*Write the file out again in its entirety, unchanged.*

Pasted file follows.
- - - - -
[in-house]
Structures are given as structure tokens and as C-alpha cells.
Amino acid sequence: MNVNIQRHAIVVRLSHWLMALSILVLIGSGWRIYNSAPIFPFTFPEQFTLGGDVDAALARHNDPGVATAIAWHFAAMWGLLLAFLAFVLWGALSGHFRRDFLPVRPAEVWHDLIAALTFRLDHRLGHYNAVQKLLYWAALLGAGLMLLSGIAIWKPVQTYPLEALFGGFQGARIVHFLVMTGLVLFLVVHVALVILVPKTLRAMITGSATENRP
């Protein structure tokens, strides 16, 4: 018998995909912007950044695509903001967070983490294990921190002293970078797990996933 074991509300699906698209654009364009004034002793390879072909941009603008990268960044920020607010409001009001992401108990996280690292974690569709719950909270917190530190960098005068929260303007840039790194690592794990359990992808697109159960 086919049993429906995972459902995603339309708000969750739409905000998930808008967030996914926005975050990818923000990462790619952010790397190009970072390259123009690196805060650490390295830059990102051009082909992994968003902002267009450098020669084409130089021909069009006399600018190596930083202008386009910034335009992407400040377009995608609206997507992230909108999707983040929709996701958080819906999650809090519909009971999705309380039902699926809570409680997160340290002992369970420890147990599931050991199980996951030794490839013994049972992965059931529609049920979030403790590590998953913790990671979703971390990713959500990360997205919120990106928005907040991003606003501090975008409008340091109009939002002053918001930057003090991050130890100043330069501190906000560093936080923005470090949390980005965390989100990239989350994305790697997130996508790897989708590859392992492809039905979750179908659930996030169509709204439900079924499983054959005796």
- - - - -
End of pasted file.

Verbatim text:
[in-house]
Structures are given as structure tokens and as C-alpha cells.
Amino acid sequence: MNVNIQRHAIVVRLSHWLMALSILVLIGSGWRIYNSAPIFPFTFPEQFTLGGDVDAALARHNDPGVATAIAWHFAAMWGLLLAFLAFVLWGALSGHFRRDFLPVRPAEVWHDLIAALTFRLDHRLGHYNAVQKLLYWAALLGAGLMLLSGIAIWKPVQTYPLEALFGGFQGARIVHFLVMTGLVLFLVVHVALVILVPKTLRAMITGSATENRP
């Protein structure tokens, strides 16, 4: 018998995909912007950044695509903001967070983490294990921190002293970078797990996933 074991509300699906698209654009364009004034002793390879072909941009603008990268960044920020607010409001009001992401108990996280690292974690569709719950909270917190530190960098005068929260303007840039790194690592794990359990992808697109159960 086919049993429906995972459902995603339309708000969750739409905000998930808008967030996914926005975050990818923000990462790619952010790397190009970072390259123009690196805060650490390295830059990102051009082909992994968003902002267009450098020669084409130089021909069009006399600018190596930083202008386009910034335009992407400040377009995608609206997507992230909108999707983040929709996701958080819906999650809090519909009971999705309380039902699926809570409680997160340290002992369970420890147990599931050991199980996951030794490839013994049972992965059931529609049920979030403790590590998953913790990671979703971390990713959500990360997205919120990106928005907040991003606003501090975008409008340091109009939002002053918001930057003090991050130890100043330069501190906000560093936080923005470090949390980005965390989100990239989350994305790697997130996508790897989708590859392992492809039905979750179908659930996030169509709204439900079924499983054959005796």